Who owns what? IP 101

When it comes to Intellectual Property (IP) when it comes to design, things can become confusing to a client on what they do and don’t own when it comes to IP. The items that come into question a lot are logos, typefaces, and websites. Generally, it is what you layout/sign in a contract from an agency to what a client owns as their own property. As a recommendation I would say to all current or potential customers to a design shop to ask out in a contract the fine details of IP to make sure they know what they are signing up for and what they can call their own property.

Customers and Clients: Here are a few things to help you know when you own something as your own IP:

  • When you purchase a typeface for an agency to use, you own the rights to use the typeface for print and/or web.
  • Purchasing a WordPress theme with your own business account becomes your property an agency uses to set up for your business.
  • Copyrighting a logo that you’ve paid an agency to sketch, draft, design and create for you is your property to claim as well as the designers for their portfolio.
  • The content you write for an agency to create into a poster, pamphlet, or any collateral is your property
  • Slogan(s) that you write but a designer mocks up/creates are your property legally from a marketing perspective but are also property to the agency’s perspective as portfolio work in talent only.

Some instances that can cause the need for serious discussion come up are when a designer/agency helps a client/customer come up with slogans. Both parties should discuss legalities of the ownership. Mainly with the discussion leaning towards the client discussing how they wish to acquire/own the rights to use the slogan and/or copy to promote their business (in any case written directly by the agency/designer a business needs to secure the rights legally). A client is responsible for purchasing the Trademark Registrations for any and/or all products for their business.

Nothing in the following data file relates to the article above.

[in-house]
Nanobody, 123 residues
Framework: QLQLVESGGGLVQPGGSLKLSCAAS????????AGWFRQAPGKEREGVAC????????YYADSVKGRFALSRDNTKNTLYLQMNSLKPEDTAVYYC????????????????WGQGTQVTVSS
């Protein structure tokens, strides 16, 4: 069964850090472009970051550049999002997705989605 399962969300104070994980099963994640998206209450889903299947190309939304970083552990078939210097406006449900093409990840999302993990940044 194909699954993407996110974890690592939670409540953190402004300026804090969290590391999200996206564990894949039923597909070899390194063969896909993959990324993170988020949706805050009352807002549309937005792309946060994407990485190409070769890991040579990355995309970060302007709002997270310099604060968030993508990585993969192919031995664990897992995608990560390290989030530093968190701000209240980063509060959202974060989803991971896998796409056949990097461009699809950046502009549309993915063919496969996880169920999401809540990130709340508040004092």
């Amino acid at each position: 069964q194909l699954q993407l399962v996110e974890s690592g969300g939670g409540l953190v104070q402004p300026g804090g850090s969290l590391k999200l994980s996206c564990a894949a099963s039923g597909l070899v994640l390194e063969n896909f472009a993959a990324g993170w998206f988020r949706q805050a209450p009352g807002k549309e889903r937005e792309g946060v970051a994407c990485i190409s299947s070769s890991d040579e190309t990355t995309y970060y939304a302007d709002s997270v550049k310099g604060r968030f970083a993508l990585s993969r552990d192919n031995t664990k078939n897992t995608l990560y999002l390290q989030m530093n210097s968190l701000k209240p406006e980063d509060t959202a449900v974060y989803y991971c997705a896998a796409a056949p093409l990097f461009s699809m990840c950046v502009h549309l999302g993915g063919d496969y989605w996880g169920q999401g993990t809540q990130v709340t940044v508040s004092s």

When it comes to websites, clients need to understand that them purchasing Content Management themes and other website assisting assets (SEO plugins, Page building options, etc) are not ways for agencies/designers to add to the total overall cost of the project. They are performed so businesses have purchasing and product licensing rights are with them who need the service to be able to access updates to said themes/assets to keep them up to date. Think of those assets as insurance to make sure that your site is easily updatable and nothing is held against the business in moving forward with said updates.

Freelance designers need to take account for:

  • Clients need to be aware that there are additional costs with purchasing premium themes, typefaces and extra assets for projects
  • Have a proper discussion so a client is not misinformed, always make sure to have things down in writing.
  • It never hurts to ask if you would like to include this piece of work on your own portfolio. Always be sure to credit what you did for a business to show your ownership of your work

It’s a complicated situation for everyone. Things can get lost in translations but it’s always good to have an open communication about IP so that no one feels their own lack of ownership.

For more on copyright issues with Graphic Design read here: http://www.howdesign.com/design-business/business-issues/intellectual-property-copyright-issues/

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